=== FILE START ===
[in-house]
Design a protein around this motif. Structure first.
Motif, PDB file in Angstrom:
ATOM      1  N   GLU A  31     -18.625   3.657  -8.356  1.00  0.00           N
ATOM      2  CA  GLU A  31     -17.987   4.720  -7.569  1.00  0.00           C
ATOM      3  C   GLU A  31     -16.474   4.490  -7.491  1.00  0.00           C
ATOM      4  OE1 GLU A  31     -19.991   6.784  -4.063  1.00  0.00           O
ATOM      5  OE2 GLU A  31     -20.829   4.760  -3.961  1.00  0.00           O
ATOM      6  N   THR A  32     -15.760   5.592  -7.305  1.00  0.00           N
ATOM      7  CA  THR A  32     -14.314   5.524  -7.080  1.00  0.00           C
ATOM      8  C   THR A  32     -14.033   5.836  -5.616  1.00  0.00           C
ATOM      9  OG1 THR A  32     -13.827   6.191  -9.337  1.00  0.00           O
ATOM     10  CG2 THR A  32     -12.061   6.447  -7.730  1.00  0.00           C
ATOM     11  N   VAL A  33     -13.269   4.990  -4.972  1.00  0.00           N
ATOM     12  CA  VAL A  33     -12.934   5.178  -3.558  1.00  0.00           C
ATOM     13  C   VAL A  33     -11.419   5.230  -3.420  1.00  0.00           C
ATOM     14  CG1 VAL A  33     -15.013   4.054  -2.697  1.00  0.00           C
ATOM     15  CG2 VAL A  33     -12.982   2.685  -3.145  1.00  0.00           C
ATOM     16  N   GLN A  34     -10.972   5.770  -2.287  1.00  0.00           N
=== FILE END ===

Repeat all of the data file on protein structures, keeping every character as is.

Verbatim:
[in-house]
Design a protein around this motif. Structure first.
Motif, PDB file in Angstrom:
ATOM      1  N   GLU A  31     -18.625   3.657  -8.356  1.00  0.00           N
ATOM      2  CA  GLU A  31     -17.987   4.720  -7.569  1.00  0.00           C
ATOM      3  C   GLU A  31     -16.474   4.490  -7.491  1.00  0.00           C
ATOM      4  OE1 GLU A  31     -19.991   6.784  -4.063  1.00  0.00           O
ATOM      5  OE2 GLU A  31     -20.829   4.760  -3.961  1.00  0.00           O
ATOM      6  N   THR A  32     -15.760   5.592  -7.305  1.00  0.00           N
ATOM      7  CA  THR A  32     -14.314   5.524  -7.080  1.00  0.00           C
ATOM      8  C   THR A  32     -14.033   5.836  -5.616  1.00  0.00           C
ATOM      9  OG1 THR A  32     -13.827   6.191  -9.337  1.00  0.00           O
ATOM     10  CG2 THR A  32     -12.061   6.447  -7.730  1.00  0.00           C
ATOM     11  N   VAL A  33     -13.269   4.990  -4.972  1.00  0.00           N
ATOM     12  CA  VAL A  33     -12.934   5.178  -3.558  1.00  0.00           C
ATOM     13  C   VAL A  33     -11.419   5.230  -3.420  1.00  0.00           C
ATOM     14  CG1 VAL A  33     -15.013   4.054  -2.697  1.00  0.00           C
ATOM     15  CG2 VAL A  33     -12.982   2.685  -3.145  1.00  0.00           C
ATOM     16  N   GLN A  34     -10.972   5.770  -2.287  1.00  0.00           N